‘Give me your hand.’ Maybe you wouldn’t have received that as a special kindness, but believe me, with a steep mountain, or a river crossing before me, it was more than a kindness but a life-saver.
‘Kingen di.’ I recognised those words as meaning ‘Give me your hand.’ A new- comer to the remote highlands of New Guinea and unused to roughing it, my fellow missionaries laughed at the wonderful way in which the Lord helped me, for when trekking to some out-station there always seemed to be someone who stepped out of the bush to give me a hand just when I needed it.
There are other ways of giving a hand or being there for people. My mother used to say, ‘There are so many needy people in the world, and for most the best thing you can give them is a little bit of time.
It is true, isn’t it? A burden shared is a burden halved, they say. My mother was elderly and disabled, but with her stick and her little car she went around to visit the shut-ins, and if she couldn’t visit she would write or phone.
At Easter time I received a random act of kindness. Our little Elijah, not yet four years old, came running up to me and placed a tiny chocolate egg in my hand. Given a boxful by his mother, it was his idea to bring them to church to give away. How blessed I was to be chosen to receive one. Especially blessed because I in turn was able to give it away as a random act of kindness.
Dear little Kitty, two years old, was getting fractious. I remembered the egg in my pocket. Kitty snuggled in beside me as I unwrapped it. The sweetness of that egg lasted a long time as from then on Auntie Pauline was given lots of hugs.
What joy grew out of Elijah’s random act of kindness.
Let’s be aware of the many random acts of kindness that God is strewing on our paths; and let’s strew some of our own, if it is just to give a hand to someone struggling with a heavy bag, to stop to pass the time of day; a letter, a timely phone call, or a prayer.
Thank God for random acts of kindness.
Was it a random act of kindness, or was it the North Wind herself that brought this book into my hands when I was feeling low with a cold? It was certainly a gift from God.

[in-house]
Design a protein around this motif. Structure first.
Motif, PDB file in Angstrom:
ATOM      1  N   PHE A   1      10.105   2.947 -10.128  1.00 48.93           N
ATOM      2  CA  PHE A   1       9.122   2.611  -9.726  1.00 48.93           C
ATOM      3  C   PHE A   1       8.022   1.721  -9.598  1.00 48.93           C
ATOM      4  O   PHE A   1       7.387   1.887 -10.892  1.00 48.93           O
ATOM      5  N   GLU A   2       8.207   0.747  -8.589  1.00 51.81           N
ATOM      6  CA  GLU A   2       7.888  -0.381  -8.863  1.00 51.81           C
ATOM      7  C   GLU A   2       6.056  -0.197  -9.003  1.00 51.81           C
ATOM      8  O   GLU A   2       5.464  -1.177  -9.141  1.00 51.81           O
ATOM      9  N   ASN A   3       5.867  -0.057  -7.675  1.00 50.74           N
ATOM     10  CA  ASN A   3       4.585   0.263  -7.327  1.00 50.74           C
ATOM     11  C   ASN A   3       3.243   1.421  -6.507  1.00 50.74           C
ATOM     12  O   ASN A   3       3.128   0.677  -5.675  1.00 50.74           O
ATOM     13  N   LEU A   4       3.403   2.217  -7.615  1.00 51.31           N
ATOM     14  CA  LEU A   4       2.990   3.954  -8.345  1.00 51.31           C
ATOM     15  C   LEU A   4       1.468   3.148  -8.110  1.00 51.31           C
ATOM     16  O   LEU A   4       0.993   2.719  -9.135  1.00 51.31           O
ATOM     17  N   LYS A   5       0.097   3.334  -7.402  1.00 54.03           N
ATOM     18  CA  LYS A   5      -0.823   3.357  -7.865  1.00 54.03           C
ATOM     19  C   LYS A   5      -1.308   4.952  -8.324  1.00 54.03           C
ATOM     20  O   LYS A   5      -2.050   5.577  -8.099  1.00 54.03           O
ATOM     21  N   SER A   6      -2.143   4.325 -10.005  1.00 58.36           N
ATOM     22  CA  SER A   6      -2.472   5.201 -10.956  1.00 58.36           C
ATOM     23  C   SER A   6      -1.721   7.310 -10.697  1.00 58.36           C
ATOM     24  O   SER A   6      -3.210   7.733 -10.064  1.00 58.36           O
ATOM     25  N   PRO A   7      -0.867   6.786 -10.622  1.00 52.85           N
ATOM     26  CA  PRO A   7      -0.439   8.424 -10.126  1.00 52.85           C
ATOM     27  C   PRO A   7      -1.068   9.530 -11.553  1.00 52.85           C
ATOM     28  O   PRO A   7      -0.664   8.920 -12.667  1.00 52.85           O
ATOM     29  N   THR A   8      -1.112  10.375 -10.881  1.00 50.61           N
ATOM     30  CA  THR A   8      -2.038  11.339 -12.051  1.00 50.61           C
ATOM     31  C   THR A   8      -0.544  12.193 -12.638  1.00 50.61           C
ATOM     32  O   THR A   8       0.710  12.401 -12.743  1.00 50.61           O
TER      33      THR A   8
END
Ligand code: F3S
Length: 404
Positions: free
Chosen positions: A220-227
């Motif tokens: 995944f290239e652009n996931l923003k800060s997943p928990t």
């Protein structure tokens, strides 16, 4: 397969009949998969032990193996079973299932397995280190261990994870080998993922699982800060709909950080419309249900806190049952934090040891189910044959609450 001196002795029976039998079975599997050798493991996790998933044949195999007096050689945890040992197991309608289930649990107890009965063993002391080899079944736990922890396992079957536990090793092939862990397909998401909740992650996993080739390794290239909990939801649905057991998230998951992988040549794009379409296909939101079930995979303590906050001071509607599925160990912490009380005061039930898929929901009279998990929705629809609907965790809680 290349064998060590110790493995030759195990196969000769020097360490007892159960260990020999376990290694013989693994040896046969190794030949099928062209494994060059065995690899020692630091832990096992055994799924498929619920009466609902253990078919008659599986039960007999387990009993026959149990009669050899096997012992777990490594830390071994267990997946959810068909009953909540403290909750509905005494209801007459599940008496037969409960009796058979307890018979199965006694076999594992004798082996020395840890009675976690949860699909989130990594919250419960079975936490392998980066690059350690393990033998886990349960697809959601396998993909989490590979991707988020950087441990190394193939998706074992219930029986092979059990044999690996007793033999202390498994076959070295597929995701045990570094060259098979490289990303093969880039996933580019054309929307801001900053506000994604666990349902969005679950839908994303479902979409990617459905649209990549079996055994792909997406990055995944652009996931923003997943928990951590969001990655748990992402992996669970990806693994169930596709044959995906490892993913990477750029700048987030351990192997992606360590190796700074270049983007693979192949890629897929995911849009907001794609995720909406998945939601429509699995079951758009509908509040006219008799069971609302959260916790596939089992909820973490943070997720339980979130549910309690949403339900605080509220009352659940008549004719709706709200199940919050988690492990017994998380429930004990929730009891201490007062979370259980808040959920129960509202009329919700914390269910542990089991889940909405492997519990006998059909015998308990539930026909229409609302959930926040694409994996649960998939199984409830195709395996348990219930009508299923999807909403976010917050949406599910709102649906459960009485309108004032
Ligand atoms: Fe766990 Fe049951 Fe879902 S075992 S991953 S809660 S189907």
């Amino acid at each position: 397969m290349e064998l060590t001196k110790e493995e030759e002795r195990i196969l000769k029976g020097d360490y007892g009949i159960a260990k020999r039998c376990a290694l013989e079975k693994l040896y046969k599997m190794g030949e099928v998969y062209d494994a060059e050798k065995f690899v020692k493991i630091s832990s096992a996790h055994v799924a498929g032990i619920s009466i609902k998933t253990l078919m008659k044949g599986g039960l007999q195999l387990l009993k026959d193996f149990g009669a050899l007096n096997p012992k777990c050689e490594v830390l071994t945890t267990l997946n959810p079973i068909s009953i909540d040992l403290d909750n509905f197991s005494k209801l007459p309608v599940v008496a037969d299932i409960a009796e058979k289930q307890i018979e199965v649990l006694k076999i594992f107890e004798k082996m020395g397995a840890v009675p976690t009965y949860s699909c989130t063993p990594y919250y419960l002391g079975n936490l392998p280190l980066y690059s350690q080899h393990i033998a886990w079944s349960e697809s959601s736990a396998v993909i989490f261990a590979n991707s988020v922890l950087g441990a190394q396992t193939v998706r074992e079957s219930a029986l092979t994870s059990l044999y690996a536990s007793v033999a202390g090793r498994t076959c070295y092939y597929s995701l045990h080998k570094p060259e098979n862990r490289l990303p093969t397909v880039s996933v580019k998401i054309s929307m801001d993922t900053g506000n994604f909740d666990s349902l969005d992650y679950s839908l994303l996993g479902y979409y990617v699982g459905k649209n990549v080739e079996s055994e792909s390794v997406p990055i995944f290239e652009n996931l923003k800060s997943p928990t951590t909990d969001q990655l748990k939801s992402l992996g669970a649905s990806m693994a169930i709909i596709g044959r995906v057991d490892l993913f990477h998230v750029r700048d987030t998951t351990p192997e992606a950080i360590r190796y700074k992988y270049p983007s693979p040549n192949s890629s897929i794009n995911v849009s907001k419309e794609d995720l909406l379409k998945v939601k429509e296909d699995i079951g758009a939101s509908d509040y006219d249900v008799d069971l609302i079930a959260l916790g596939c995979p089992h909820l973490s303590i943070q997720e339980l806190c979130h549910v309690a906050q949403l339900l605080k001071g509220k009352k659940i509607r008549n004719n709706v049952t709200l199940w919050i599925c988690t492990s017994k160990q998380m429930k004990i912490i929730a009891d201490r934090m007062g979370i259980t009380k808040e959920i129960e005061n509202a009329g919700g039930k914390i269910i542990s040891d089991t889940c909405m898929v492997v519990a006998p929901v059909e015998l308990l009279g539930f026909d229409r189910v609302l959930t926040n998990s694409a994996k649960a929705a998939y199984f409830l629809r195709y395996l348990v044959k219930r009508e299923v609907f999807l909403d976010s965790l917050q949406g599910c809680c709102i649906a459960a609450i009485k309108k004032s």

My friend was supposed to be downsizing into a smaller house, and explaining that some things she could not part with, such as this box of books she had read to her children. She held up ‘At the Back of the North Wind,’ by George MacDonald. ‘Oh,’ I exclaimed. ‘I would love to read it again.’
I was probably an adult when I first read it, and I remember how God had reminded me of its message. I had been sure God would not send me anywhere with mountains or log bridges, and here I was in New Guinea with plenty of both. I had somehow got ahead of my companions and was overcome with fear. I could not go back or on. God gently reminded me of little Diamond. His friend, the North Wind, had carried him in her arms to the cathedral, and placed him on a ledge, high up. There was not room for her to walk beside him and when he expressed fear she withdrew. She could not be friends with cowards. But as he was willing to trust and to step out so she blew strength into him. I too was able to step out in faith. From then on I wondered how I had found those mountains daunting.
George Macdonald, before the times of C.S.Lewis and Tolkien had written the most beautiful fairy stories, allegories of the life of faith.
I was told that this book, ‘At the Back of the North Wind’ is about death. I was surprised at that , for I had thought that maybe the North Wind represented suffering, but now, as I read it again many years later I think it is neither, but a most beautiful picture of all that our Lord Jesus is and wants to be in our lives.
Little Diamond, whose daddy is a coachman, sleeps in the stable above where big Diamond, this wonderful carriage horse, sleeps. His mother plugs up the knot in the wood by his bed, but the North Wind wants to come in. She becomes his friend, and carried him far away. She has to do many things which seem to be all wrong, but Diamond learns to trust her and see how she is working out God’s purposes for good.
Eventually his trust in her is such that he wants to go through her to the land at the back of the North wind. Has he come through death to heaven? No, for after a while he is brought back from a serious illness, but from here on he has had a taste of heaven and so nothing can perturb him.
The family go through great trials, but in it all Diamond sings his special songs that he had heard from the river of God. When his father is ill he takes out big Diamond, now a cab horse, through the dangerous streets of London’s East End, but nothing can make him afraid and he is able to bring grace and blessing wherever he goes.
Eventually all turns out well for the family and all those involved in his life, and at the end it seems that our little Diamond has died, but we know that he had gone through the North Wind, this time to reach heaven itself.
And as his relationship with the beautiful North Wind pictures our relationship with our wonderful Saviour, I pray that we, like Diamond, will allow nothing to perturb us and give us courage to face every difficulty, for we may not, like some, have entered into the outskirts of heaven only to return for a season, but we have tasted of the powers of the world to come and have sat with Christ in heavenly places and so we too, can quietly trust that He will turn everything to good for us as we trust in him.